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Steve Abrams is the owner of Magnolia Bakery in New York City. Previousl to that, he had owned various bars and restaurants in Manhattan. His brother Danny is a restaurant[…]

Steve and Danny Abrams have owned restaurants and bars in New York City for the past several years. What’s it like being in the same industry as a family member?

Question: You and your brother are both in the New York City food business. How does that work?

Steven Abrams:  Oh there’s certainly synergy there.  We speak almost daily.  We’re brothers that actually get along and like each other and spend a lot of time together, time permitting.  We started the bar Wildlife together, but he ran it.  I was in the real estate business at the time, I didn't want to run it.  He ran it.  We then went on to the club and again I was investor.  I'm an active investor, but I didn't want to run the day-to-day.  We subsequently parted ways.  He opened a restaurant called Citrus with a gentlemen named Louis Lanza, who has Josie's and a few other places.  I got out of the real estate business and I was starting to do restaurant consulting and I opened a restaurant called Flowers, on 17th Street, which was a celebrity Mecca at the time.  He went on and I, at Flowers, had a chef -- I actually fired a chef who tried to hold me up one night, which chef's do and I hired another chef named Jimmy Bradley and he was very, very up and coming young kid.  When I opened up this fast food place called It's A Wrap, Jimmy became my partner who was sort of overseeing the food component even though he was doing other things.

I was getting out of that business; I got a problem with my two main partners in that business, I decided to leave and they went ahead and opened a very renowned New York Times two star restaurant called The Red Cat, which I invested in.  I was still involved with them, but on a much less involved way.  They went on to open up another place called Harrison, equally as successful, then they opened up a place called Pace which didn't do as well, and they opened the Mermaid Inn.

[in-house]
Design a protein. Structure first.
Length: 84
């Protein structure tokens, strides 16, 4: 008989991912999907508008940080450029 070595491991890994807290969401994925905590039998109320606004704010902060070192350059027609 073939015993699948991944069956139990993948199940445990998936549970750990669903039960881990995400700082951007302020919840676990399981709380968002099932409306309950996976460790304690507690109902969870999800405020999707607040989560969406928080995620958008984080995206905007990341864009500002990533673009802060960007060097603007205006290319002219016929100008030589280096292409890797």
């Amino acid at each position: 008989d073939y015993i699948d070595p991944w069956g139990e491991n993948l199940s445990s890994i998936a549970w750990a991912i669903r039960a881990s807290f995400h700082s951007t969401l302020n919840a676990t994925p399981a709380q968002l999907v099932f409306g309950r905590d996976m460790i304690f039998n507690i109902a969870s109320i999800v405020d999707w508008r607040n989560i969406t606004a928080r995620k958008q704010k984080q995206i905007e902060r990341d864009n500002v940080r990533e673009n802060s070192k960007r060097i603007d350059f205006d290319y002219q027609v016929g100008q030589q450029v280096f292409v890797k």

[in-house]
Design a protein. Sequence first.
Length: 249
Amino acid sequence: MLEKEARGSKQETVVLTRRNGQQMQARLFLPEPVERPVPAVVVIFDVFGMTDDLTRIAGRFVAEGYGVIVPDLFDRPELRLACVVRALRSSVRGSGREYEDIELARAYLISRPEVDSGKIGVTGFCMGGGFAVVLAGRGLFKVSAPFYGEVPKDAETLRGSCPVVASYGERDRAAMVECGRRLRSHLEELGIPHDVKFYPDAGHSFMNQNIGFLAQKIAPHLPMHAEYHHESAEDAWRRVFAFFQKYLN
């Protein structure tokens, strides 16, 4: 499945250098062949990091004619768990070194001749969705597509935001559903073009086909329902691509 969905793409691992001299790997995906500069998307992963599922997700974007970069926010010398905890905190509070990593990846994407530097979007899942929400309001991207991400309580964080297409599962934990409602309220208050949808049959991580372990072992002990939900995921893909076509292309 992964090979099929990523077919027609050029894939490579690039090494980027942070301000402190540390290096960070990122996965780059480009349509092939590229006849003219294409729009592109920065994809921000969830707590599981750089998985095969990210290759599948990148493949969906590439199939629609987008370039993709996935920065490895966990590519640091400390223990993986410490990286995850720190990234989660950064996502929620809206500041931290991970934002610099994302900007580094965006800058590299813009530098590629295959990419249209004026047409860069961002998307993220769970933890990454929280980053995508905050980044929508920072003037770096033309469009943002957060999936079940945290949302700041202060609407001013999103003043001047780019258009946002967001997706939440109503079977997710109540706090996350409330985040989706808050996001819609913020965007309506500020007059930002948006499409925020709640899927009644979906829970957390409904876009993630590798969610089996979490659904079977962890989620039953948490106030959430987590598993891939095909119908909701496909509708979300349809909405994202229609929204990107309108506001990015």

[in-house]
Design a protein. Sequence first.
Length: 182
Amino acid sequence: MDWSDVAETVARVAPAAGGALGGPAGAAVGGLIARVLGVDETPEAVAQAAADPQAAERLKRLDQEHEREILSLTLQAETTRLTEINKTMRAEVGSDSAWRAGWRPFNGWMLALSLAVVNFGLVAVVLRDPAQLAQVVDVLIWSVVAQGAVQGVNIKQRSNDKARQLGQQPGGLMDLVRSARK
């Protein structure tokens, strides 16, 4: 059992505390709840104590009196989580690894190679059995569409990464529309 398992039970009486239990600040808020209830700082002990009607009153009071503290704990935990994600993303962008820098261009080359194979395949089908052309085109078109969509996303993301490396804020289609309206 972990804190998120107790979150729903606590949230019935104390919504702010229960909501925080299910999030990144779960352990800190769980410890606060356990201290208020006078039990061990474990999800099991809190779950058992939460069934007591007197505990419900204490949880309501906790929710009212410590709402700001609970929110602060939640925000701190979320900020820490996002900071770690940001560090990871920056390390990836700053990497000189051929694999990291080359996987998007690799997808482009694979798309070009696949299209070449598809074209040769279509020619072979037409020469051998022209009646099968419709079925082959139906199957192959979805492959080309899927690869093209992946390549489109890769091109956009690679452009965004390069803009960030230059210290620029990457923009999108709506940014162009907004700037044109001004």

My brother and I had an opportunity to be bought out of the other restaurants and he was able to take over the Mermaid Inn [one] hundred percent.  Other than giving him some construction advice and being an ear, I'm not involved in his businesses and he's not involved in mine.  But he was, originally, going to be my partner in Magnolia.  When we were talking to a leaser in the first few meetings, he was there as my partner. It was a wonderful deal for him; I was going to put up most of the money, he was going to have a nice sizable chunk to run it and he kept vacillating on whether to do it or not.  Right now he calls it in the history of the world the worst business decision ever made because he chose not to do it, but I think in reality he did the right thing.  His dilemma was I love running the floor, conceptualizing new places, being on the floor, working the people, working the room, etcetera.  That's where his true love of the restaurant business is and if he had been working with me at Magnolia he would have been doing schedules for $9 an hour workers that were selling cup cakes and it didn't resonate with him and he kept vacillating and saying, "I'm in.  I'm out.  I'm in.  I'm out."  And finally he said he was out.

From a purely financial point of view, bad decision, but from a human being living a life and having to go somewhere every day for ten hours and live, it was absolutely the right decision for him because you should do what you love and then you'll be successful.

Recorded on October 23, 2009